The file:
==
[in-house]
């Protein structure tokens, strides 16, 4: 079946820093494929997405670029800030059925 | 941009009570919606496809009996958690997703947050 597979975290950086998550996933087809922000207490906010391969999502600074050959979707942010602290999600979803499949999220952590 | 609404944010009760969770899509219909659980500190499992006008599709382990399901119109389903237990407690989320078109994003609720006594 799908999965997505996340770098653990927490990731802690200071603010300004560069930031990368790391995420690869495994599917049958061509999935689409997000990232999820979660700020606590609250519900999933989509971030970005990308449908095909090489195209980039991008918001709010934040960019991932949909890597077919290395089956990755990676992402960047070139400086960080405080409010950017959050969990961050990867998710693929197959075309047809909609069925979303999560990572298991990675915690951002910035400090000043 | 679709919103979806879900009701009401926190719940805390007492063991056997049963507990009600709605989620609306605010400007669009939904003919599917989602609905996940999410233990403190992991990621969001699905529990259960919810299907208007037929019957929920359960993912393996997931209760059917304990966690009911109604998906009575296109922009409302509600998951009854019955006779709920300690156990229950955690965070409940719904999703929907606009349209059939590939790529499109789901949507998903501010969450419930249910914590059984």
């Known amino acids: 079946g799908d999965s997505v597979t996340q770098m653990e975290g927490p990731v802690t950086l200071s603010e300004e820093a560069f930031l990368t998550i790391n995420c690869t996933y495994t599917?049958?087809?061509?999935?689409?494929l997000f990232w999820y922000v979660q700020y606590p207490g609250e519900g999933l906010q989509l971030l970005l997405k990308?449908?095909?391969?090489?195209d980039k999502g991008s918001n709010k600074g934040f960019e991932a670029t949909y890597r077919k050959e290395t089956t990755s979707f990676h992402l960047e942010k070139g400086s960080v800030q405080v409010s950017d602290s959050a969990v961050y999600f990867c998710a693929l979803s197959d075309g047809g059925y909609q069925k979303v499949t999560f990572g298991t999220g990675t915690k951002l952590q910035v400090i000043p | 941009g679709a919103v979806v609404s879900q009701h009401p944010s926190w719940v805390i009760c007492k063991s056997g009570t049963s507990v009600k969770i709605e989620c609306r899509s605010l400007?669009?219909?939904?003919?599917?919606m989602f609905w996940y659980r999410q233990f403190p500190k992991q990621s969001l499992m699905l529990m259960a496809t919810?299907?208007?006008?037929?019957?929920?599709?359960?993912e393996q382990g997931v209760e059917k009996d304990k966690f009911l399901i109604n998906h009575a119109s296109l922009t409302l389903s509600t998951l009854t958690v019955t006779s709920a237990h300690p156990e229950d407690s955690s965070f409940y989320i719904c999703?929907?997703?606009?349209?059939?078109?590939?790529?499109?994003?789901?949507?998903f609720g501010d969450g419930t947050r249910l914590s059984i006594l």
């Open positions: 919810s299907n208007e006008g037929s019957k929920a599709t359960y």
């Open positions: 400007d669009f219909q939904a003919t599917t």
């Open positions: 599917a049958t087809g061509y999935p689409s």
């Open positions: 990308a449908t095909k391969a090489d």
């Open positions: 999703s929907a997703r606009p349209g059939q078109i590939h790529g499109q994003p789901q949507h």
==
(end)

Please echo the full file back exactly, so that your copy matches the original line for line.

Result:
[in-house]
């Protein structure tokens, strides 16, 4: 079946820093494929997405670029800030059925 | 941009009570919606496809009996958690997703947050 597979975290950086998550996933087809922000207490906010391969999502600074050959979707942010602290999600979803499949999220952590 | 609404944010009760969770899509219909659980500190499992006008599709382990399901119109389903237990407690989320078109994003609720006594 799908999965997505996340770098653990927490990731802690200071603010300004560069930031990368790391995420690869495994599917049958061509999935689409997000990232999820979660700020606590609250519900999933989509971030970005990308449908095909090489195209980039991008918001709010934040960019991932949909890597077919290395089956990755990676992402960047070139400086960080405080409010950017959050969990961050990867998710693929197959075309047809909609069925979303999560990572298991990675915690951002910035400090000043 | 679709919103979806879900009701009401926190719940805390007492063991056997049963507990009600709605989620609306605010400007669009939904003919599917989602609905996940999410233990403190992991990621969001699905529990259960919810299907208007037929019957929920359960993912393996997931209760059917304990966690009911109604998906009575296109922009409302509600998951009854019955006779709920300690156990229950955690965070409940719904999703929907606009349209059939590939790529499109789901949507998903501010969450419930249910914590059984």
């Known amino acids: 079946g799908d999965s997505v597979t996340q770098m653990e975290g927490p990731v802690t950086l200071s603010e300004e820093a560069f930031l990368t998550i790391n995420c690869t996933y495994t599917?049958?087809?061509?999935?689409?494929l997000f990232w999820y922000v979660q700020y606590p207490g609250e519900g999933l906010q989509l971030l970005l997405k990308?449908?095909?391969?090489?195209d980039k999502g991008s918001n709010k600074g934040f960019e991932a670029t949909y890597r077919k050959e290395t089956t990755s979707f990676h992402l960047e942010k070139g400086s960080v800030q405080v409010s950017d602290s959050a969990v961050y999600f990867c998710a693929l979803s197959d075309g047809g059925y909609q069925k979303v499949t999560f990572g298991t999220g990675t915690k951002l952590q910035v400090i000043p | 941009g679709a919103v979806v609404s879900q009701h009401p944010s926190w719940v805390i009760c007492k063991s056997g009570t049963s507990v009600k969770i709605e989620c609306r899509s605010l400007?669009?219909?939904?003919?599917?919606m989602f609905w996940y659980r999410q233990f403190p500190k992991q990621s969001l499992m699905l529990m259960a496809t919810?299907?208007?006008?037929?019957?929920?599709?359960?993912e393996q382990g997931v209760e059917k009996d304990k966690f009911l399901i109604n998906h009575a119109s296109l922009t409302l389903s509600t998951l009854t958690v019955t006779s709920a237990h300690p156990e229950d407690s955690s965070f409940y989320i719904c999703?929907?997703?606009?349209?059939?078109?590939?790529?499109?994003?789901?949507?998903f609720g501010d969450g419930t947050r249910l914590s059984i006594l």
């Open positions: 919810s299907n208007e006008g037929s019957k929920a599709t359960y």
């Open positions: 400007d669009f219909q939904a003919t599917t």
């Open positions: 599917a049958t087809g061509y999935p689409s």
């Open positions: 990308a449908t095909k391969a090489d």
């Open positions: 999703s929907a997703r606009p349209g059939q078109i590939h790529g499109q994003p789901q949507h």